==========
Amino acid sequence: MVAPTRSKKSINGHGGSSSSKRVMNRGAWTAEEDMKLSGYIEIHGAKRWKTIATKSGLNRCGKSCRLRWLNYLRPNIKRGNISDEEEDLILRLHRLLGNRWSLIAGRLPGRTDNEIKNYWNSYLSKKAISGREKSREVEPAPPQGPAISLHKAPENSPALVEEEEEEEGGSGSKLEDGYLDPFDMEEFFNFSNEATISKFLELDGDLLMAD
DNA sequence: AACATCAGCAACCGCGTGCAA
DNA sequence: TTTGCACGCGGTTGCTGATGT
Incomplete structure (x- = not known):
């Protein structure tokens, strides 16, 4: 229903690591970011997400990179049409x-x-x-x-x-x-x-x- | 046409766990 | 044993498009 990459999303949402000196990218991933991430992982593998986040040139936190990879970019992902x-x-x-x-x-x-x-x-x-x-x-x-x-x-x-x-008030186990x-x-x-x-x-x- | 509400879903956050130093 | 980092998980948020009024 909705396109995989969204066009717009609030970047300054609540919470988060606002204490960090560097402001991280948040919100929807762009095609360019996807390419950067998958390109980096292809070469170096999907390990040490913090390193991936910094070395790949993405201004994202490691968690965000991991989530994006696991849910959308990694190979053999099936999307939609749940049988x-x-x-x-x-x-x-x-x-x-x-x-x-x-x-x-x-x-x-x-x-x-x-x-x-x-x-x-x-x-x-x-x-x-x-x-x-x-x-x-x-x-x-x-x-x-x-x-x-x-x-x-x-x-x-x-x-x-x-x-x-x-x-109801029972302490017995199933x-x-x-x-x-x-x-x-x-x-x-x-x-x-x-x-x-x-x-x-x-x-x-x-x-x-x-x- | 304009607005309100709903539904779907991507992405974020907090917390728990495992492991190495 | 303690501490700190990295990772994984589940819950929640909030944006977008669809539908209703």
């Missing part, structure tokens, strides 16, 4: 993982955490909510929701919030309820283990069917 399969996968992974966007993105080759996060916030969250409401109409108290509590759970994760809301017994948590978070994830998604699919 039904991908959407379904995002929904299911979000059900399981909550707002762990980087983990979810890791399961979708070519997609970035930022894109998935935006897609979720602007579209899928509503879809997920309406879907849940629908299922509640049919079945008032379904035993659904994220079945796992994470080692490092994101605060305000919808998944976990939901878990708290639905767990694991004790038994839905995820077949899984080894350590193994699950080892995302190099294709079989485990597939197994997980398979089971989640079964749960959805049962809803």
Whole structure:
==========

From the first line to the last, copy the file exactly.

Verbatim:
Amino acid sequence: MVAPTRSKKSINGHGGSSSSKRVMNRGAWTAEEDMKLSGYIEIHGAKRWKTIATKSGLNRCGKSCRLRWLNYLRPNIKRGNISDEEEDLILRLHRLLGNRWSLIAGRLPGRTDNEIKNYWNSYLSKKAISGREKSREVEPAPPQGPAISLHKAPENSPALVEEEEEEEGGSGSKLEDGYLDPFDMEEFFNFSNEATISKFLELDGDLLMAD
DNA sequence: AACATCAGCAACCGCGTGCAA
DNA sequence: TTTGCACGCGGTTGCTGATGT
Incomplete structure (x- = not known):
């Protein structure tokens, strides 16, 4: 229903690591970011997400990179049409x-x-x-x-x-x-x-x- | 046409766990 | 044993498009 990459999303949402000196990218991933991430992982593998986040040139936190990879970019992902x-x-x-x-x-x-x-x-x-x-x-x-x-x-x-x-008030186990x-x-x-x-x-x- | 509400879903956050130093 | 980092998980948020009024 909705396109995989969204066009717009609030970047300054609540919470988060606002204490960090560097402001991280948040919100929807762009095609360019996807390419950067998958390109980096292809070469170096999907390990040490913090390193991936910094070395790949993405201004994202490691968690965000991991989530994006696991849910959308990694190979053999099936999307939609749940049988x-x-x-x-x-x-x-x-x-x-x-x-x-x-x-x-x-x-x-x-x-x-x-x-x-x-x-x-x-x-x-x-x-x-x-x-x-x-x-x-x-x-x-x-x-x-x-x-x-x-x-x-x-x-x-x-x-x-x-x-x-x-x-109801029972302490017995199933x-x-x-x-x-x-x-x-x-x-x-x-x-x-x-x-x-x-x-x-x-x-x-x-x-x-x-x- | 304009607005309100709903539904779907991507992405974020907090917390728990495992492991190495 | 303690501490700190990295990772994984589940819950929640909030944006977008669809539908209703």
């Missing part, structure tokens, strides 16, 4: 993982955490909510929701919030309820283990069917 399969996968992974966007993105080759996060916030969250409401109409108290509590759970994760809301017994948590978070994830998604699919 039904991908959407379904995002929904299911979000059900399981909550707002762990980087983990979810890791399961979708070519997609970035930022894109998935935006897609979720602007579209899928509503879809997920309406879907849940629908299922509640049919079945008032379904035993659904994220079945796992994470080692490092994101605060305000919808998944976990939901878990708290639905767990694991004790038994839905995820077949899984080894350590193994699950080892995302190099294709079989485990597939197994997980398979089971989640079964749960959805049962809803």
Whole structure: